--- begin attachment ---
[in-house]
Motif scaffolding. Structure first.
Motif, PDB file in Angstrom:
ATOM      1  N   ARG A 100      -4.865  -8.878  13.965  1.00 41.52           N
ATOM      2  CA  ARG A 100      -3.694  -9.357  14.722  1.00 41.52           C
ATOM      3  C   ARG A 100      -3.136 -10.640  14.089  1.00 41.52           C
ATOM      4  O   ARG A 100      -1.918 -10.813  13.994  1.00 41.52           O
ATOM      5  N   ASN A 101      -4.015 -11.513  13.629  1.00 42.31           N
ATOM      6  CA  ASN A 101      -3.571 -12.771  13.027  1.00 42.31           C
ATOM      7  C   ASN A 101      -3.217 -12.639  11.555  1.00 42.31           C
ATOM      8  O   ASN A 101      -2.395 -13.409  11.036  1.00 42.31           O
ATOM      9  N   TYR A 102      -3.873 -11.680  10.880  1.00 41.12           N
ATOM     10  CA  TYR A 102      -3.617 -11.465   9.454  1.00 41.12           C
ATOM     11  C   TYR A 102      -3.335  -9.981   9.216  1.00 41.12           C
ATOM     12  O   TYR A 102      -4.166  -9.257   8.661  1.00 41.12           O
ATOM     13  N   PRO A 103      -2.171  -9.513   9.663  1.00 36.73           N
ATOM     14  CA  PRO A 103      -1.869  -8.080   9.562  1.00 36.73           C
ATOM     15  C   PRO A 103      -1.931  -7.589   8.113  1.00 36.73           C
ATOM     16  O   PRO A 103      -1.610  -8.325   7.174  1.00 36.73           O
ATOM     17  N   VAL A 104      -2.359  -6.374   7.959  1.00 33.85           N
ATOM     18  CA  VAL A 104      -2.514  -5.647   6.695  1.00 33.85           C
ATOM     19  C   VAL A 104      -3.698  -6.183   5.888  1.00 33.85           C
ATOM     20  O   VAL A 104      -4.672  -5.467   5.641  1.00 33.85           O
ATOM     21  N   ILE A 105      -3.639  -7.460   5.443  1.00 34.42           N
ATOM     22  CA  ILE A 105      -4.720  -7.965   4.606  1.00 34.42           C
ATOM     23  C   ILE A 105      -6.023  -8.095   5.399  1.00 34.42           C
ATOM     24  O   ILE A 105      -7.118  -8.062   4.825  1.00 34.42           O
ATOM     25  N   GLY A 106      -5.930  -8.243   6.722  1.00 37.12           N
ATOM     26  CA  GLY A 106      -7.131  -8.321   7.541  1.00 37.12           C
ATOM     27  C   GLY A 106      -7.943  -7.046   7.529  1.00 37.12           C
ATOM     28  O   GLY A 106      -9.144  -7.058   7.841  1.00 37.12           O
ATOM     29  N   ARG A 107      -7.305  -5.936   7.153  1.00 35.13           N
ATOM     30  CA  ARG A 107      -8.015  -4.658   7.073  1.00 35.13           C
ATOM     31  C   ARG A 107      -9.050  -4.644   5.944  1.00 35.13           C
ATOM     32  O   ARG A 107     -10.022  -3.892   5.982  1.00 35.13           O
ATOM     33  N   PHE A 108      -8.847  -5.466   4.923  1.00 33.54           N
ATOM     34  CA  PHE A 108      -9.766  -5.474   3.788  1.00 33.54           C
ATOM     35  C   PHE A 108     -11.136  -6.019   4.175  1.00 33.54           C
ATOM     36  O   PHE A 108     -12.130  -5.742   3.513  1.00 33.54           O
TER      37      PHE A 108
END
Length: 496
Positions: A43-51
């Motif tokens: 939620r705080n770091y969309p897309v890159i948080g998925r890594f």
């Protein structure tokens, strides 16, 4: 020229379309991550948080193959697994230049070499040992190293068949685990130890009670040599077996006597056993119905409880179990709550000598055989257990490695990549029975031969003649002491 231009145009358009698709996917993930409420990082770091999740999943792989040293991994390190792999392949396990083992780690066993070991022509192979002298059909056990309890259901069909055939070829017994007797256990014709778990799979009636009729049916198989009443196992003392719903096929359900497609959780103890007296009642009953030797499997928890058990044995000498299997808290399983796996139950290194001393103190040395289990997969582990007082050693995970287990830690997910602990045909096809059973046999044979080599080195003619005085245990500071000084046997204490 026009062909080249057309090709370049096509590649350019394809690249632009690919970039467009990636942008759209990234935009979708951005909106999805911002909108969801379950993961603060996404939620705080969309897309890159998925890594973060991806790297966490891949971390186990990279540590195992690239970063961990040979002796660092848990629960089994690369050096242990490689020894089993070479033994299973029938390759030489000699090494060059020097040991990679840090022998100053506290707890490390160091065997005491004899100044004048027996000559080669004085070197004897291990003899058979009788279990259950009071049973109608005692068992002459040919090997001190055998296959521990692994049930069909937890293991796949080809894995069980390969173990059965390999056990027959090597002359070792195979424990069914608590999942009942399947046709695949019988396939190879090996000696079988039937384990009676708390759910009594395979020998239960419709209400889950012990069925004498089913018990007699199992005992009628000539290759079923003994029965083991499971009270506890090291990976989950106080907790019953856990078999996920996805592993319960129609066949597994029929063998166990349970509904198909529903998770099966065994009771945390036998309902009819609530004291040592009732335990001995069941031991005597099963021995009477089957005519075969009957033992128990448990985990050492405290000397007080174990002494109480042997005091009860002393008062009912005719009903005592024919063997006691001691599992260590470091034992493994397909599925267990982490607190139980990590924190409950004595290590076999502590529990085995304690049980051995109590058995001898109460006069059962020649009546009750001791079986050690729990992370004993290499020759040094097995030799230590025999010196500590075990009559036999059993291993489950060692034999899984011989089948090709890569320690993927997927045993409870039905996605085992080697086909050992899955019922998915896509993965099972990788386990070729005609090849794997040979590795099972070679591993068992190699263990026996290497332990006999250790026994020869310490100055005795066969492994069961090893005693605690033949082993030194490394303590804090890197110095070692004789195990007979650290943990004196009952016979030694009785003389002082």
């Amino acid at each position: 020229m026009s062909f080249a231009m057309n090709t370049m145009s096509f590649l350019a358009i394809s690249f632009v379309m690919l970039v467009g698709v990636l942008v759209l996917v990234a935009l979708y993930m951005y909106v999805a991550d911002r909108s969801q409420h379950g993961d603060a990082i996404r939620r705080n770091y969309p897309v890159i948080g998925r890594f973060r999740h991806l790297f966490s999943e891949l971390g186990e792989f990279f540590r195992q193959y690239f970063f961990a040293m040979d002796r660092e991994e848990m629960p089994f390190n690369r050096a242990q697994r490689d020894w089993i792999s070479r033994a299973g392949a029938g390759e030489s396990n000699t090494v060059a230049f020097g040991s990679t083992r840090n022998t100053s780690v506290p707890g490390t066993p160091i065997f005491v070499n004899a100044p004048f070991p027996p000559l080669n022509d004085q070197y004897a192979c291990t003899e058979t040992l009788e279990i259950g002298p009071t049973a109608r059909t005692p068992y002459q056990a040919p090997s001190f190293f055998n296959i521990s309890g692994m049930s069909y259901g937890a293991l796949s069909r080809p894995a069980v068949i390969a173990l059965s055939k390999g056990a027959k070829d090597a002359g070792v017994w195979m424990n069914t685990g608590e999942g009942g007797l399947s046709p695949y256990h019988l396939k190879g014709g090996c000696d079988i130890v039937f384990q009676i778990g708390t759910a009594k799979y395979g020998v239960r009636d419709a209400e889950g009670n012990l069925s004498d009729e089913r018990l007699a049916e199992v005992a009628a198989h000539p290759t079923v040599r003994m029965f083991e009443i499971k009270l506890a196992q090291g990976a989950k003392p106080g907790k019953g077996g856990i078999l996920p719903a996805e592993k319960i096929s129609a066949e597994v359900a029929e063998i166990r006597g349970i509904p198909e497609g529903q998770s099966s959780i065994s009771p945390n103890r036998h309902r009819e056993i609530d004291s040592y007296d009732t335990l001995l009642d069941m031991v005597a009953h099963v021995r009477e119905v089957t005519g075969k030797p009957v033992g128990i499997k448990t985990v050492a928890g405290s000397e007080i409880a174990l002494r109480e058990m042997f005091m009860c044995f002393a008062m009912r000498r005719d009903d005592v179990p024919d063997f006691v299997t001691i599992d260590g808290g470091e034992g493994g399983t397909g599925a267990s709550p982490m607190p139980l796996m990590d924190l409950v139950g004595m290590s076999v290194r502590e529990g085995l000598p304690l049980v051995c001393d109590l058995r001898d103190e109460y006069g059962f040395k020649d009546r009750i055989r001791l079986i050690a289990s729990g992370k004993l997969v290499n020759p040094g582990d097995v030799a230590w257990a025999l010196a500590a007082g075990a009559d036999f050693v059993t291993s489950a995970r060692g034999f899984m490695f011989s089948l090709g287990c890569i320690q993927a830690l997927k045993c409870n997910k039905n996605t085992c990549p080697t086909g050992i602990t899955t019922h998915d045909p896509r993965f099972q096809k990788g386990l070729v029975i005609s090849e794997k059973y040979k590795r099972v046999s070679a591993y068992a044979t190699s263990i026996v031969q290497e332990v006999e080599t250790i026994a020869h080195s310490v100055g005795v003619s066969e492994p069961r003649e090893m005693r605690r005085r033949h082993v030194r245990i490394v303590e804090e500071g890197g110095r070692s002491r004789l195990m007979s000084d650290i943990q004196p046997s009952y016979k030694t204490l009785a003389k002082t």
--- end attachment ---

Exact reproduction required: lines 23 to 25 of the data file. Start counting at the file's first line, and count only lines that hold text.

ATOM     20  O   VAL A 104      -4.672  -5.467   5.641  1.00 33.85           O
ATOM     21  N   ILE A 105      -3.639  -7.460   5.443  1.00 34.42           N
ATOM     22  CA  ILE A 105      -4.720  -7.965   4.606  1.00 34.42           C